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The Wing is quietly building a design business

The coworking social club’s in-house team is expanding–and taking on projects outside of The Wing’s own spaces.

Most built spaces in our world are designed for the average man. Corporate office temperatures are often based on a standard from the 1960s that used a 154-pound, 40-year-old man in a suit as the standard occupant–forcing women to wear layers and cover themselves in blankets to stay warm. Even Le Corbusier wanted to design buildings based on a “human scale” determined by a six-foot-tall man.

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But The Wing, a women-led coworking space and social club, prides itself on designing spaces for women first. Since the company was founded in 2016, its designers have worked with outside manufacturers to adjust seat heights and depths to fit the average woman rather than the average man. Now, the company is scaling up an internal design team that has outfitted 80% of The Wing’s two newest locations in Los Angeles and Chicago with custom furniture. “Ergonomics are very important because women are using our spaces for working for hours per day,” says Laetitia Gorra, senior designer at The Wing.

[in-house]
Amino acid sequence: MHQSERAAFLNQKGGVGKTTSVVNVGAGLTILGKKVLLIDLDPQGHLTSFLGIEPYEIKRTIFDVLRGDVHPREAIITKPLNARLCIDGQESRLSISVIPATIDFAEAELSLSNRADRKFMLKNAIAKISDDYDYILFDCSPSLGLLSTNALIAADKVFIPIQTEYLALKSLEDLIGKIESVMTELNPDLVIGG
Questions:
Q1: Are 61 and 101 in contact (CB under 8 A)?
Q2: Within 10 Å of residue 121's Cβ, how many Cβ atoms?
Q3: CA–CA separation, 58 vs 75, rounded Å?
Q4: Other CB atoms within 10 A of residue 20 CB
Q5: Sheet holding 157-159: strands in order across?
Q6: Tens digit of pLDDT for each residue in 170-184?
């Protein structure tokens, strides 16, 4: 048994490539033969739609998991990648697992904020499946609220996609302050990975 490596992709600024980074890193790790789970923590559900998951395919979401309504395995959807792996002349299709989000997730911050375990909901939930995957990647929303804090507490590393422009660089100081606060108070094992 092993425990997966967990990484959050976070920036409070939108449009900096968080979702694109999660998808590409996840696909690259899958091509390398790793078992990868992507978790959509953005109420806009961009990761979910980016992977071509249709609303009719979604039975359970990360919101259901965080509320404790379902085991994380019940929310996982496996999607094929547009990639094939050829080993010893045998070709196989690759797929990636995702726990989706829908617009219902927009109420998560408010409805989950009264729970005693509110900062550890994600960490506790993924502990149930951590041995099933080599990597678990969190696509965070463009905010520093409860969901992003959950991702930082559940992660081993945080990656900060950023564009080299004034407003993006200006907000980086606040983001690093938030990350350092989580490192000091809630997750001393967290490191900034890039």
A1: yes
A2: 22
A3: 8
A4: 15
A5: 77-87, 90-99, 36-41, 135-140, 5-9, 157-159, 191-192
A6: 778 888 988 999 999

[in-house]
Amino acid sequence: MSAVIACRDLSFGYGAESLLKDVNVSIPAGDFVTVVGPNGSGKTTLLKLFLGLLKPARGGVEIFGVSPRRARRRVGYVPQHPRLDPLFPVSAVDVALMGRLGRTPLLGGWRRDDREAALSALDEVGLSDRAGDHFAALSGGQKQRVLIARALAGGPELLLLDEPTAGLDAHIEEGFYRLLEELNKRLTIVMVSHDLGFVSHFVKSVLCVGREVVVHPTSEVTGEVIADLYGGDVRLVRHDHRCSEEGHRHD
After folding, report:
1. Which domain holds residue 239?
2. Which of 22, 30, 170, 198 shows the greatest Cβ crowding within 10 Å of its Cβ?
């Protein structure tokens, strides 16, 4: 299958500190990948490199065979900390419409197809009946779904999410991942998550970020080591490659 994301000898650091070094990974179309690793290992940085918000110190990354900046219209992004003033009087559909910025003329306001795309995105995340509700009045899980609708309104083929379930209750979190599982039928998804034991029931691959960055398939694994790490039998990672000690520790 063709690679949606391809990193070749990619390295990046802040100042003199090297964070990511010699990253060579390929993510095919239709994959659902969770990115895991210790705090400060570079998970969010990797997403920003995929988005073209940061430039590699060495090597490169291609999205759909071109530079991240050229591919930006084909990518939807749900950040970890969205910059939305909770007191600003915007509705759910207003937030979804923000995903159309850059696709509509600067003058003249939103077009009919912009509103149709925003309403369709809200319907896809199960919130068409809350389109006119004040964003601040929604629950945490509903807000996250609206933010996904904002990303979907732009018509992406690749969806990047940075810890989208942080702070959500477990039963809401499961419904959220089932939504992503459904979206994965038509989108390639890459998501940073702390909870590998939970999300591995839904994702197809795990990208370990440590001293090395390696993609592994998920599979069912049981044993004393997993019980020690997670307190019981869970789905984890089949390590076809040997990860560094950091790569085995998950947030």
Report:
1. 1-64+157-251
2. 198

The Wing’s design ambitions are greater than custom furniture, though. It is also branching into designing entire rooms for other companies, bringing its female-focused design sensibility–and its brand–into the greater corporate world.

[Photo: Madeline Tolle/courtesy The Wing]

The design team is led by Gorra and includes two other designers, but the company plans to scale up as they continue to expand The Wing’s coworking spaces across the country and tackle external projects.

As for the team’s design process, Gorra points to an Italian-style serpentine couch at the company’s new L.A. location that can seat up to six women, which was designed with ideal seat depth and height for women’s bodies. To go with the couch, her team designed a table that can be pulled over to the couch so women can work there comfortably. The furniture, which the team designs in-house and then sends to a manufacturing partner to produce overseas, has symbolic value, too: “We use octagonal-shaped tables in a lot of our spaces,” Gorra says. “The thought there is community and being all equal at the table, all looking at each other and being able to converse while working.”

Perhaps the best and most common example of how most office spaces are not designed with women in mind is the sorry state of the corporate lactation room. The Affordable Care Act requires that many companies to provide a pumping room for new moms that has a door and that’s not a bathroom stall, but often that means a dirty, dimly lit supply closet or worse. When companies do have nicer facilities, they’re often commandeered by men for their own purposes: Famously, former Uber CEO Travis Kalanick would meditate in his company’s lactation rooms.

[Photo: Shelly Kroeger/courtesy The Wing]